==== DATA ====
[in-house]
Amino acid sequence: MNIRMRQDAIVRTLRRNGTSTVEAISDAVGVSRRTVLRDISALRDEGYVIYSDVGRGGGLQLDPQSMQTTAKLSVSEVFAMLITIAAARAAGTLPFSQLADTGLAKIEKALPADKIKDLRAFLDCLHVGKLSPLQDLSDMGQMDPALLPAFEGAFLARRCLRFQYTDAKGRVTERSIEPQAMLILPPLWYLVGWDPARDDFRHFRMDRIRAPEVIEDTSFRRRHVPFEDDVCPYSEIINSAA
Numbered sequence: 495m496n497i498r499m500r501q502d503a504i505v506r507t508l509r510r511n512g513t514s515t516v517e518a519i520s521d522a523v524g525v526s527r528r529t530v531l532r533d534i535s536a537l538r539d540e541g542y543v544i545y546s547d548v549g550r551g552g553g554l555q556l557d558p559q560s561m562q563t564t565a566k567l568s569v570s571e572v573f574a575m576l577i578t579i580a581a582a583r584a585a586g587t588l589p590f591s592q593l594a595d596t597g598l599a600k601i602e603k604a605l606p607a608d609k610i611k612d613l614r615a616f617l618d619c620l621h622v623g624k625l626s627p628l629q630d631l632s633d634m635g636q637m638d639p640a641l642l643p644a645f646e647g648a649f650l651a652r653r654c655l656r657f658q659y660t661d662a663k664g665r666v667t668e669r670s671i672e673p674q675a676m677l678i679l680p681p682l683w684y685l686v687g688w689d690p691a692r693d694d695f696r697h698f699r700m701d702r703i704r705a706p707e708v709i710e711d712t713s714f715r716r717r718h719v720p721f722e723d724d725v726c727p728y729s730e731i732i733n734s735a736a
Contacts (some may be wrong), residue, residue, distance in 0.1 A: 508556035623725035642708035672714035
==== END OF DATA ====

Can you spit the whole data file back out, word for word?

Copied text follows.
[in-house]
Amino acid sequence: MNIRMRQDAIVRTLRRNGTSTVEAISDAVGVSRRTVLRDISALRDEGYVIYSDVGRGGGLQLDPQSMQTTAKLSVSEVFAMLITIAAARAAGTLPFSQLADTGLAKIEKALPADKIKDLRAFLDCLHVGKLSPLQDLSDMGQMDPALLPAFEGAFLARRCLRFQYTDAKGRVTERSIEPQAMLILPPLWYLVGWDPARDDFRHFRMDRIRAPEVIEDTSFRRRHVPFEDDVCPYSEIINSAA
Numbered sequence: 495m496n497i498r499m500r501q502d503a504i505v506r507t508l509r510r511n512g513t514s515t516v517e518a519i520s521d522a523v524g525v526s527r528r529t530v531l532r533d534i535s536a537l538r539d540e541g542y543v544i545y546s547d548v549g550r551g552g553g554l555q556l557d558p559q560s561m562q563t564t565a566k567l568s569v570s571e572v573f574a575m576l577i578t579i580a581a582a583r584a585a586g587t588l589p590f591s592q593l594a595d596t597g598l599a600k601i602e603k604a605l606p607a608d609k610i611k612d613l614r615a616f617l618d619c620l621h622v623g624k625l626s627p628l629q630d631l632s633d634m635g636q637m638d639p640a641l642l643p644a645f646e647g648a649f650l651a652r653r654c655l656r657f658q659y660t661d662a663k664g665r666v667t668e669r670s671i672e673p674q675a676m677l678i679l680p681p682l683w684y685l686v687g688w689d690p691a692r693d694d695f696r697h698f699r700m701d702r703i704r705a706p707e708v709i710e711d712t713s714f715r716r717r718h719v720p721f722e723d724d725v726c727p728y729s730e731i732i733n734s735a736a
Contacts (some may be wrong), residue, residue, distance in 0.1 A: 508556035623725035642708035672714035